While the Dwarves arm themselves with the armor of their ancestors, the Men of Lake-town prepare for war by practicing sword fighting in the square before the Great Hall. Amongst them hurries Gandalf on his way to meet and warn Bard about the army of Orcs which he has seen pouring out of Dol Guldur while he was caged above ground awaiting his own death.
The Man in charge
Gandalf: “Let me through! Make way!”
Alfrid: “No. No. Oi! You! Pointy hat! Yes. You. We don’t want no tramps, beggars nor vagabonds round here. We got enough trouble without the likes of you. Off you go. On your horse.”
Gandalf: “Who’s in charge here?”
Bard: “Who’s asking?”
In the same capacity he once had with the Master of Lake-town, Alfrid assumes the same position with Bard, fending off strangers whose presence is unwanted given the state of alarm and preparedness for war they are now involved in. Gandalf, in his haste and dismissal of Alfrid’s arrogant behavior, demands to speak to the Man in charge.
Since there is no more Master of Lake-town to speak of, the charge of the people of Lake-town went to the natural leader whose courage has destroyed their enemy.
Bard himself comes to face Gandalf and demands to know who he is to be asking about the leadership of his people.
The nature of Wizards
Gandalf: “You must set aside your petty grievances with the Dwarves. War is coming. The cesspits of Dol Guldur have been emptied. You’re all in mortal danger.”
Bard: “What are you talking about?”
Thranduil: “I can see you know nothing of Wizards. They are like winter thunder on a wild wind rolling in from a distance, breaking hard in alarm. But sometimes a storm is just a storm.”
Gandalf: “Not this time. Armies of Orcs are on the move. These are fighters. They have been bred for war. Our enemy has summoned his full strength.”
Hearing Gandalf mention an army of Orcs heading their way, fear covers his face as he contemplates what this will mean for his people and their survival. However, as soon as he does so, Thranduil diffuses Gandalf’s claim by rendering the speaker unreliable.
Since Bard has not met any of the five Wizards, he cannot come to any conclusion about the behavior of Wizards in general. However, his business relationship and respect for King Thranduil automatically makes his claims of the Wizard’s behavior truthful and reliable.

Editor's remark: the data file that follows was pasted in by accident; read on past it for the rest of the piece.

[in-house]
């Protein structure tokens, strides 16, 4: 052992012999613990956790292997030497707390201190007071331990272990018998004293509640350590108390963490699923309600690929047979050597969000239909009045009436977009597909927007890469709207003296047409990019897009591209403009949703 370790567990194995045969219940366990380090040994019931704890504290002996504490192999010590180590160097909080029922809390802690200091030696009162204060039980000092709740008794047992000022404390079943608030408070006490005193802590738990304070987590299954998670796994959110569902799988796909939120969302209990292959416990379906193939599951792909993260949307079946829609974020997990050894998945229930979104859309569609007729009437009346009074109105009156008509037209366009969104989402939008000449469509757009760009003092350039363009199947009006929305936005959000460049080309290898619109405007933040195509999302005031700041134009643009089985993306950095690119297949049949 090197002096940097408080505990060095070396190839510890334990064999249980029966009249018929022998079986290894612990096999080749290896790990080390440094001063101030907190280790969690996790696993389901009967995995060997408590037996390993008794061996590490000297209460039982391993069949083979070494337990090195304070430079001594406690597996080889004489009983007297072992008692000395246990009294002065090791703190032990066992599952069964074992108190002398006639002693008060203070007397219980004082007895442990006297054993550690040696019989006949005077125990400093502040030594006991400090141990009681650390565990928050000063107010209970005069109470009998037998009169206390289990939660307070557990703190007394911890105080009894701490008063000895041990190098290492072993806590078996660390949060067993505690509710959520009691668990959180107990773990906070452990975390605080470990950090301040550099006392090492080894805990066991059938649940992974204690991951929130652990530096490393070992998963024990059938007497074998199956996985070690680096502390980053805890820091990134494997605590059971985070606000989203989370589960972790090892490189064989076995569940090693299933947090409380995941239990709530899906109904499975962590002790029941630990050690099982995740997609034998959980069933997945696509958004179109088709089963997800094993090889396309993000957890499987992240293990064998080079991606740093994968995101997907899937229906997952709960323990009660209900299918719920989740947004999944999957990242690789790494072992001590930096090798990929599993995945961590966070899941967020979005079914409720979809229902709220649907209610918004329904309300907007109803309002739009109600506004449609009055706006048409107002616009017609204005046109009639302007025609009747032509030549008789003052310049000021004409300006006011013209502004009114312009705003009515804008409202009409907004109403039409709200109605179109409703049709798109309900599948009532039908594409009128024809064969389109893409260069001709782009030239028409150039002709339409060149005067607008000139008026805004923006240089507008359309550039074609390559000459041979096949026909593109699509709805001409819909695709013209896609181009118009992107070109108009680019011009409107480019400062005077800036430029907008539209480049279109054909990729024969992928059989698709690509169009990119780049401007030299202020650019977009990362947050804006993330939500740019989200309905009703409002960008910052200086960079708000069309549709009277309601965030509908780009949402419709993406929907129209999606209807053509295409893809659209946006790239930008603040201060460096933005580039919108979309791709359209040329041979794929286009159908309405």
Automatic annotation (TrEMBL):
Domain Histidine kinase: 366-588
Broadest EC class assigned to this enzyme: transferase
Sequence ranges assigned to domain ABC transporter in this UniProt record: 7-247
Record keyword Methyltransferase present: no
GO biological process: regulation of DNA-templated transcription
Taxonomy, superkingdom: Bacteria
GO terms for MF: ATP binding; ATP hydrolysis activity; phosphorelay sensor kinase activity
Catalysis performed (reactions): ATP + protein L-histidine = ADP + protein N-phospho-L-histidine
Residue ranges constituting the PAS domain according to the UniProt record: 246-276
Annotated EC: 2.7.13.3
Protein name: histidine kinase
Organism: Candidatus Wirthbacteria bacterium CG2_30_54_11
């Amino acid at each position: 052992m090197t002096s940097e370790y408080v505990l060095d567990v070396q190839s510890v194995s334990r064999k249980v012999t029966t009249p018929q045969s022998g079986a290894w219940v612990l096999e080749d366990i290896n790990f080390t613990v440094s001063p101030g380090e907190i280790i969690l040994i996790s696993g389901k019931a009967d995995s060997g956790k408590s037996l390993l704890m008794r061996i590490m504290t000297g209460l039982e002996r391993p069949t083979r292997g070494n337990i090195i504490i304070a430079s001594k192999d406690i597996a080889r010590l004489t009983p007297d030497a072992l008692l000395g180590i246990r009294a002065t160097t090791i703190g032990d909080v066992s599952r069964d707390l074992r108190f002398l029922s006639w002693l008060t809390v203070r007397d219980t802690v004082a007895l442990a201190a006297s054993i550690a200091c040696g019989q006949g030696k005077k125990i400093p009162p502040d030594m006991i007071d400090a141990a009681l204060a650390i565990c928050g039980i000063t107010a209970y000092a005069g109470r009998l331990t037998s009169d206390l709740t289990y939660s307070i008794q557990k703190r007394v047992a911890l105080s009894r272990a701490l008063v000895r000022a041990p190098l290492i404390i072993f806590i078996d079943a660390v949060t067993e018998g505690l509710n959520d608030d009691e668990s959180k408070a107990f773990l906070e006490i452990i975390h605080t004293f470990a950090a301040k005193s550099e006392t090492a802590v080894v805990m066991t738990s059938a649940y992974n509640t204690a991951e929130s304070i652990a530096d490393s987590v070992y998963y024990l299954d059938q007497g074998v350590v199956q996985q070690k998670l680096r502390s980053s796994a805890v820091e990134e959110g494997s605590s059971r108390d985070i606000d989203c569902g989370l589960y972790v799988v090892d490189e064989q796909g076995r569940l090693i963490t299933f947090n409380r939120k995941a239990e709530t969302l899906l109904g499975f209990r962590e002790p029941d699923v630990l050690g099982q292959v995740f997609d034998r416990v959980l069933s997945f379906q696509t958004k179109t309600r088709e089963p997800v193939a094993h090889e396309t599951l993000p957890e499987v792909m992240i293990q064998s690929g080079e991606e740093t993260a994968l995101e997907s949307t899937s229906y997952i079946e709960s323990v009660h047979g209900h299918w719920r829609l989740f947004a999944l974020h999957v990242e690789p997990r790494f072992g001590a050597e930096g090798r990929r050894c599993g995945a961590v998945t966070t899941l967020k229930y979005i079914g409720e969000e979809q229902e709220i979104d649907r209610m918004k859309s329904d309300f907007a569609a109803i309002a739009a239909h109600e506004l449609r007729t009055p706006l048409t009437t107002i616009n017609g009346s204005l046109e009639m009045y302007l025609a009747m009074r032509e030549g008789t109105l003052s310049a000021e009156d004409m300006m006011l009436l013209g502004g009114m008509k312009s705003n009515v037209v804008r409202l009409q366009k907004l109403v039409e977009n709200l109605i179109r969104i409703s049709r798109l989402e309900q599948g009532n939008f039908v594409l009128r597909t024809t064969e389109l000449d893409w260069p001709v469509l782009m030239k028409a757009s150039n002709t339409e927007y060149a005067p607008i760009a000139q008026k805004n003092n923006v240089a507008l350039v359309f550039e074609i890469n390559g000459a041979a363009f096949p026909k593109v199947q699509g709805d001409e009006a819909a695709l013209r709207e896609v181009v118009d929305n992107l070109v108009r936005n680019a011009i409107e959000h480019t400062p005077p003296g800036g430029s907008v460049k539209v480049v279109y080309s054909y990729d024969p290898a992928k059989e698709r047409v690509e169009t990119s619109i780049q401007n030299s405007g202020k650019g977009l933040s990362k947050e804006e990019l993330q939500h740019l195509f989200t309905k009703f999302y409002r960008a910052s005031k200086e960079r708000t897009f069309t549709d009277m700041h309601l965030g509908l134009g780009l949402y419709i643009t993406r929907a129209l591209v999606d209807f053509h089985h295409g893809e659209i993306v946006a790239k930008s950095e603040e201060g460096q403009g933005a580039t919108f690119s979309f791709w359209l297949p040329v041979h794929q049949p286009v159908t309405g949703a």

Bard now stands between the Elvenking whom he trusts and respects and a Wizard he has yet to trust claiming and counterclaiming each other. There is no way for him to find the truth of the matter. But there are questions that he can ask to see the reasoning behind the claims of the Wizard.
The big picture
Thranduil: “Why show his hand now?”
Gandalf: “Because we forced him. We forced him when the Company of Thorin Oakenshield set out to reclaim their homeland. The Dwarves were never meant to reach Erebor. Azog the Defiler was sent to kill them. His master seeks control of the Mountain. Not just for the treasure within but for where it lies, its strategic position. This is the gateway to reclaiming the lands of Angmar in the North. If that fell kingdom should rise again Rivendell, Lórien, the Shire even Gondor itself will fall.”
Thranduil: “These Orcs armies you speak of, Mithrandir, where are they?”
Bard has not known the big picture of the enterprise which the Dwarves have undertaken and the direction it should have taken. From this one company of Dwarves who were sent on their quest a global movement has been triggered. Objectively speaking, the Orcs led by Azog could have taken to the Lonely Mountain with or without the Dwarves in their path. They could have claimed the Mountain for themselves years ago. They would have had Smaug as their ally and Angmar would have already risen by now.
However, given the time Sauron needed to gain any kind of power and assemble an army to send to the Lonely Mountain, the Dwarves were already en route. It was a simple matter of killing them and claiming the treasure and the position for themselves.
With that not achieved, there is nothing else the Orcs can do but declare war against whoever stands in their way. Because of the Dwarves, now there stand Elves and Men against them instead of only thirteen Dwarves. An unpleasant, but nevertheless, solvable problem.
What Thranduil asks of Gandalf is fairly simple, given that he has not seen a single Orc cross his path other than the pack of an insignificant number of Orcs. Gandalf has seen the Orcs leave Dol Guldur but he cannot claim to know where the Orcs are headed and where they now are since he has not spotted them since he himself was imprisoned.
Ragash: “Our army will be in position by dawn. The attack will be sudden and swift!”
Azog: “The fools! They have forgotten what lives beneath these lands. They have forgotten the great Earth-eaters.”